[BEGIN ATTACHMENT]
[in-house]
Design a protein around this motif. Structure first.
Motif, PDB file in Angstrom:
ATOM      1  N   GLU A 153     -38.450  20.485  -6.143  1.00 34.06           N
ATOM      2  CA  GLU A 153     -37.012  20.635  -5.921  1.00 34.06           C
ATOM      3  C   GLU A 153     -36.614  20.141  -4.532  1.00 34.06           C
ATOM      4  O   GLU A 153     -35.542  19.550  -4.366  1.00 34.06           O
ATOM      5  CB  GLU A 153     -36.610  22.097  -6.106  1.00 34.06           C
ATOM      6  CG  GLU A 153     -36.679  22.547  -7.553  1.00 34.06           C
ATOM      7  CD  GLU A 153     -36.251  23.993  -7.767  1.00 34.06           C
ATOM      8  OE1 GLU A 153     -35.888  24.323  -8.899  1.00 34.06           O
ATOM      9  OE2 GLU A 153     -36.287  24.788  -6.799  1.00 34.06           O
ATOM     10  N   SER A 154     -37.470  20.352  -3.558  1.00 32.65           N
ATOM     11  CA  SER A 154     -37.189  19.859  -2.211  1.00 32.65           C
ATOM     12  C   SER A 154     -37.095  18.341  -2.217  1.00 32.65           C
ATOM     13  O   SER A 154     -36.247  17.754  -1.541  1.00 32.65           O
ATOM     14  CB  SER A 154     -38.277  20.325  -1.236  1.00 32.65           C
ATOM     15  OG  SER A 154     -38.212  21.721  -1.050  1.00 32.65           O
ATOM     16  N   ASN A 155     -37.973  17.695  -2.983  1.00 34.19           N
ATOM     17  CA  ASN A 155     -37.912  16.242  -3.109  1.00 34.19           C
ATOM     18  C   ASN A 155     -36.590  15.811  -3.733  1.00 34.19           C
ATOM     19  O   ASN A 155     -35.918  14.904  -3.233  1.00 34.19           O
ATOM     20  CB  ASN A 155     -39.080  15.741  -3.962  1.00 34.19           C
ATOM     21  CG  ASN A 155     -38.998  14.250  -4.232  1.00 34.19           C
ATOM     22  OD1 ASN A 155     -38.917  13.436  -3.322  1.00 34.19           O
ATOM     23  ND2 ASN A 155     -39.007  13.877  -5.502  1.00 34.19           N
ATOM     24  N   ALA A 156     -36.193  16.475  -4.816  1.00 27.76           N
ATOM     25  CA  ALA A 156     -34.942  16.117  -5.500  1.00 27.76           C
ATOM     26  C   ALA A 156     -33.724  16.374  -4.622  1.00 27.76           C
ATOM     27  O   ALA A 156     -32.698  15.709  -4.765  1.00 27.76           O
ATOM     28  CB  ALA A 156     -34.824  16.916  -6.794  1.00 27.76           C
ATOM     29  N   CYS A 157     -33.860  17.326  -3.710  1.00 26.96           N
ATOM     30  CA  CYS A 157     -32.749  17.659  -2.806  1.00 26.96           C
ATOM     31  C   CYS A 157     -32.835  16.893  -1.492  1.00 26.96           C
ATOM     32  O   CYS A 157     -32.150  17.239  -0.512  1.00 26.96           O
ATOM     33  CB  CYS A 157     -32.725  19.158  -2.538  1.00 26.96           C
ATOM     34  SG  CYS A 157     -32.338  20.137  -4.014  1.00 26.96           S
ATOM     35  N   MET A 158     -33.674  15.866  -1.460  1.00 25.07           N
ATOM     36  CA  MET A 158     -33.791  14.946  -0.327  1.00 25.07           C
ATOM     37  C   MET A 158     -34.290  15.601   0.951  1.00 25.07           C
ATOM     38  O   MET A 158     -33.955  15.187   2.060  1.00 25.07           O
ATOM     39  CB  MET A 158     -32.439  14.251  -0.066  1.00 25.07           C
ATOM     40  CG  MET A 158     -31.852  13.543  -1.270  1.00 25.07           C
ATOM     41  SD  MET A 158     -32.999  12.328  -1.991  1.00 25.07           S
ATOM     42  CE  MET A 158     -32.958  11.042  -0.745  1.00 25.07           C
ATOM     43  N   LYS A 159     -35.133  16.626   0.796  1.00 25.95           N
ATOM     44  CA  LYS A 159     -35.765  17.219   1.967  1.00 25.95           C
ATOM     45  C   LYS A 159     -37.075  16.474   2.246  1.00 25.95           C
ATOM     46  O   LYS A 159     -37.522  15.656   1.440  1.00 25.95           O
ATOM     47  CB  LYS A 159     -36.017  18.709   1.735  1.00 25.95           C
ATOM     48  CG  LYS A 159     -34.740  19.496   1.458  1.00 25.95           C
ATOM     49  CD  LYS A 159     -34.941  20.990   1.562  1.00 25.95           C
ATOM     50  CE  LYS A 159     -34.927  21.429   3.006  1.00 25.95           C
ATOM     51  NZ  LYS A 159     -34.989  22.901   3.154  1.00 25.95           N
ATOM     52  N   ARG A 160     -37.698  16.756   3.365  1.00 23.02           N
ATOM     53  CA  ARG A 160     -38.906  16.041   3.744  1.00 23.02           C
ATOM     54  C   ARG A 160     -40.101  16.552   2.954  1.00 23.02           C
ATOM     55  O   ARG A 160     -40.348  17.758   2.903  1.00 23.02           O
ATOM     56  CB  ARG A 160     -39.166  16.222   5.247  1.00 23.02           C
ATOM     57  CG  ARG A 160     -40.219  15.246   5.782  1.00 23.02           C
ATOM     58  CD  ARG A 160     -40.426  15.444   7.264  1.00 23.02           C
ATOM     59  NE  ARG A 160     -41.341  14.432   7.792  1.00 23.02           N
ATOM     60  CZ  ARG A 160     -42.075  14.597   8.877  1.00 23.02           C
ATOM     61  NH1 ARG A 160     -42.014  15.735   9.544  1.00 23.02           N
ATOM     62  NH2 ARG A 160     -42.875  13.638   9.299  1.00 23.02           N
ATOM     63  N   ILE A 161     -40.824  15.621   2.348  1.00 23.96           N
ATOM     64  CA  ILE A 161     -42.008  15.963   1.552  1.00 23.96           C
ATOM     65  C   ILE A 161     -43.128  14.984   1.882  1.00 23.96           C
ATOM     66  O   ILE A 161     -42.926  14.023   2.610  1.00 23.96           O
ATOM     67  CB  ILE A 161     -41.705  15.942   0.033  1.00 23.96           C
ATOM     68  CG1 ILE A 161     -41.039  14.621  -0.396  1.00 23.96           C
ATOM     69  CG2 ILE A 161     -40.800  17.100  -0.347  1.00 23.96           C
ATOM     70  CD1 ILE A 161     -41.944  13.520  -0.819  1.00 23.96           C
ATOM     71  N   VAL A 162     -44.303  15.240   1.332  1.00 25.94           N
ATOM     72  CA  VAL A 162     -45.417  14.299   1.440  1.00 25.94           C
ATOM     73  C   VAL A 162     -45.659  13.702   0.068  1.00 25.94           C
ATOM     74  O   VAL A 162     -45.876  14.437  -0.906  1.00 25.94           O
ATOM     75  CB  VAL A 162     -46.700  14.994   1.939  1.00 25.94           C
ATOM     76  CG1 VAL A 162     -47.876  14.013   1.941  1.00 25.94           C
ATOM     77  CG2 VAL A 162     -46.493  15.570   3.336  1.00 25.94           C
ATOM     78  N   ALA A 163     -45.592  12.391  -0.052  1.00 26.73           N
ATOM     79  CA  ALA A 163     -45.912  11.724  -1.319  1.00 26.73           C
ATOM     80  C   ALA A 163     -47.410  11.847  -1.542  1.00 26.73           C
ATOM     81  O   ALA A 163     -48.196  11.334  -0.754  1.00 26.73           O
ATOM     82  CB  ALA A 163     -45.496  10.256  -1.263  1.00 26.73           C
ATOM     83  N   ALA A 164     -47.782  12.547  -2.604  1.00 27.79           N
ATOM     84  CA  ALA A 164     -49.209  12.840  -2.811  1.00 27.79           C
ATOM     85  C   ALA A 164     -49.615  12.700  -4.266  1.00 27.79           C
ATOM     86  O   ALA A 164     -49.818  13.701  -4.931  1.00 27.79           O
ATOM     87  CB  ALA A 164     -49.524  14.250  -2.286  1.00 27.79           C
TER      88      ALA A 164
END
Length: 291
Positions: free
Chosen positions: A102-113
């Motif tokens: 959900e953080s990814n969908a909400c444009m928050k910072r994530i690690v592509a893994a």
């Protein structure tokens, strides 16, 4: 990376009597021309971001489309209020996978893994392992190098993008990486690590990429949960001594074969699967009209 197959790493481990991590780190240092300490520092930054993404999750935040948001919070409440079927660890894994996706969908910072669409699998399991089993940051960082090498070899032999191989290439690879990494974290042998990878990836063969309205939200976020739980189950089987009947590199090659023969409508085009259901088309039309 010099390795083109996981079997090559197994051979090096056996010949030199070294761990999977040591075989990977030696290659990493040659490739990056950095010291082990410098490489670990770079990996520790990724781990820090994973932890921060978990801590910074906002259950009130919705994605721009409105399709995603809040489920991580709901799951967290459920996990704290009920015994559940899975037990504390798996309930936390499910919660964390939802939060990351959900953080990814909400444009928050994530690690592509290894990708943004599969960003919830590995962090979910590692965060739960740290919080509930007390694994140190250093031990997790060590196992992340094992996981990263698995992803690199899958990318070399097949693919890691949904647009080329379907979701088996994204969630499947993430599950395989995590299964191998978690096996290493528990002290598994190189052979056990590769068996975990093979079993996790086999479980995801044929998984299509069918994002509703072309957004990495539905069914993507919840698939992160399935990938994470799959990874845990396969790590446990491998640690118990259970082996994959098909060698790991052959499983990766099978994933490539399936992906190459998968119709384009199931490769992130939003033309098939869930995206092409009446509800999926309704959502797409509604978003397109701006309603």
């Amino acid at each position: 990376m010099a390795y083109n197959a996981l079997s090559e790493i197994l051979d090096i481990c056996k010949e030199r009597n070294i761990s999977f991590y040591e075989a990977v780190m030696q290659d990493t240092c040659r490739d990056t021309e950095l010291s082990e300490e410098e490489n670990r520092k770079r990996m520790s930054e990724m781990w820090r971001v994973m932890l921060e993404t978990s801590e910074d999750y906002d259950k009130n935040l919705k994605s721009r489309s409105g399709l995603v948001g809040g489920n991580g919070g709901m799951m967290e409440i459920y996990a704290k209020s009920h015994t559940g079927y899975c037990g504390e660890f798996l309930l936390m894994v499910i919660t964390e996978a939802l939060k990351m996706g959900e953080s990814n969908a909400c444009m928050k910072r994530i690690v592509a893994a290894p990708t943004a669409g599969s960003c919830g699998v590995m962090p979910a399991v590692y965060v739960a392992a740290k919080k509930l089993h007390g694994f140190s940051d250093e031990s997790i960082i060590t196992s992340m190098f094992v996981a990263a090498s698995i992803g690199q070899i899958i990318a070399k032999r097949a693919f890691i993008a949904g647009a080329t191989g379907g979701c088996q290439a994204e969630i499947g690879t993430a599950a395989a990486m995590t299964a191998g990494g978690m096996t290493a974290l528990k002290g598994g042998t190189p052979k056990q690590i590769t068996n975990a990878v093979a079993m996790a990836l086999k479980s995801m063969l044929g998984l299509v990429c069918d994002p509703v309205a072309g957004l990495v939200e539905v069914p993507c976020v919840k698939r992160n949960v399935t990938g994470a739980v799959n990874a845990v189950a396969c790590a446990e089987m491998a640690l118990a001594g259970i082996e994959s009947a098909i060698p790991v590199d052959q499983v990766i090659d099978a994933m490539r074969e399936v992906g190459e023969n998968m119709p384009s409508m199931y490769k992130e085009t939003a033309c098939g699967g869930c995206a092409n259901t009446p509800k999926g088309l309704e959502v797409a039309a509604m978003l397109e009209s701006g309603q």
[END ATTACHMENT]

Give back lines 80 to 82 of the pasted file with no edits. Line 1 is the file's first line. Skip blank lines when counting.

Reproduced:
ATOM     77  CG2 VAL A 162     -46.493  15.570   3.336  1.00 25.94           C
ATOM     78  N   ALA A 163     -45.592  12.391  -0.052  1.00 26.73           N
ATOM     79  CA  ALA A 163     -45.912  11.724  -1.319  1.00 26.73           C